Most times, this happened when my husband was with me; sitting (or standing) right next to me. It made me feel special. I was proud that I could catch the attention of someone other than my husband. No don’t get me wrong, I love my husband and would never do anything to lose his trust. And while this sounds very shallow and women out there may tell me I am demeaning myself, I was glad that I could stand next to my husband and know that I looked good for him and he could feel proud to have me next to him. And… other men knew that he was lucky to have me going home with him. It was nice to know I “had it.”

It was in 2010, the 35th anniversary tour for Air Supply. Kent likes to go to concerts and this was one that he really wanted to see. I agreed, even though I wasn’t readily familiar with the songs tied to the band name. (I am bad connecting song titles to bands. I was/am very familiar with their music. Now it all brings back sad memories).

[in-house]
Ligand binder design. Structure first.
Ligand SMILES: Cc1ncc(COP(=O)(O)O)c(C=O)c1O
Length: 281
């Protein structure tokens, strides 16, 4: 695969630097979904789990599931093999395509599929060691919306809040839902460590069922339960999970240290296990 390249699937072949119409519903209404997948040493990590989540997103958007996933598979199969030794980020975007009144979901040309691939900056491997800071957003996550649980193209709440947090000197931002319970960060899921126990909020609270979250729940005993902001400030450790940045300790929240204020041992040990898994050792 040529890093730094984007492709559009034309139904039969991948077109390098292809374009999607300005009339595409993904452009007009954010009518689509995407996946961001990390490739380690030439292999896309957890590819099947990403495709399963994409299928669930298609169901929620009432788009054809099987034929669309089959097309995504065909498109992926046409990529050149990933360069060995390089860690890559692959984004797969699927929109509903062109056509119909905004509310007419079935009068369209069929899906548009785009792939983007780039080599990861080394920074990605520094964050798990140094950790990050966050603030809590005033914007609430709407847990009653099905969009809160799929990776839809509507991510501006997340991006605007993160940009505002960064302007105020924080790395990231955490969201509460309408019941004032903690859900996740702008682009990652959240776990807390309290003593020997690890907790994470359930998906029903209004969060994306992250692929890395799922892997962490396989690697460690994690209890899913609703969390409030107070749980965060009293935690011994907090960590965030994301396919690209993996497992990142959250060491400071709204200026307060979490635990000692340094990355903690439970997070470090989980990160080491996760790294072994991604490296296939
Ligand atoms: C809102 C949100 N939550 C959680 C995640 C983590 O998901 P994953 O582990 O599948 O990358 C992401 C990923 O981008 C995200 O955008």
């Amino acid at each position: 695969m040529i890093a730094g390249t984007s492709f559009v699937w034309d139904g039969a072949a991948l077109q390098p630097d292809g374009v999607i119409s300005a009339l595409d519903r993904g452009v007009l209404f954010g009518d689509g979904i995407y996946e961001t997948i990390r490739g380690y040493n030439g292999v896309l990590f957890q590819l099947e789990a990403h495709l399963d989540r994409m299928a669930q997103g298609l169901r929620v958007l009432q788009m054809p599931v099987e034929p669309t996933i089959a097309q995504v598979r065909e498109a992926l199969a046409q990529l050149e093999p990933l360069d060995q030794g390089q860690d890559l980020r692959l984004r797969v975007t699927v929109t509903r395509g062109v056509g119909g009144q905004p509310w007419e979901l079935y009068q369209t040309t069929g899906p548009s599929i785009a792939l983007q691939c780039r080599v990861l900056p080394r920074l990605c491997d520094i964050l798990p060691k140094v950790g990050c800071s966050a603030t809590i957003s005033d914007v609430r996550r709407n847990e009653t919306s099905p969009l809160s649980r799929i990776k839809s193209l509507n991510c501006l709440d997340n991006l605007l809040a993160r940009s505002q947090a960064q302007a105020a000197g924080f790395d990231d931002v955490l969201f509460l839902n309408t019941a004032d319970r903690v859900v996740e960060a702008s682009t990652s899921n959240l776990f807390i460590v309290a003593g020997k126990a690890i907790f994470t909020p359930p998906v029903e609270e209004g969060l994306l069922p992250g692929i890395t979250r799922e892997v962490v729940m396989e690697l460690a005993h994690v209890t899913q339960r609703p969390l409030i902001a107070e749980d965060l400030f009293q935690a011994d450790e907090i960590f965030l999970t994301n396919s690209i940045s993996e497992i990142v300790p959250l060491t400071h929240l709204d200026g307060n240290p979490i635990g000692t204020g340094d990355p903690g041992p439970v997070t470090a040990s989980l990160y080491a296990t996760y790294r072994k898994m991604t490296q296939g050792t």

Kent was excited for this concert. Famous for love songs that caused teen girls to swoon in the arms of their boyfriends. I am sure that Air Supply was responsible for many late night entanglement of arms and legs; you can imagine the rest. How could you not want to declare your undying love while, .“Lost in Love”, “All Out of Love”, “The One That You Love”, “Sweet Dreams”, or “Making Love Out Of Nothing At All”, played on your transistor radio. It was going to be a romantic evening, alone in a crowd, with my husband, I thought.

It was a small venue. We were in  a hotel meeting room area at one of the local casinos. The stage was set up and metal folding chairs were parallel from the stage edge to the back wall of the venue. We chose our seats and then chose them again. We kept moving around until we found, what we felt were the perfect seats. We were in the third row, square in the middle of that row, center stage. I was ready for a night of swooning with my husband.

I know it was the 35th anniversary show (I know that because I have a guitar pick advertising their 35th year tour) but WOW, Graham Russell and Russell Hitchcock looked old. Their faces were fake baked (at least I thought their tans looked fake) and that really brought out Hitchcock’s silver fox colored hair. But what should I have expected from a band that was formed in 1975 and was still on the tour circuit. I would guess it had not been an easy life. Plus they were 60 and 61 years old.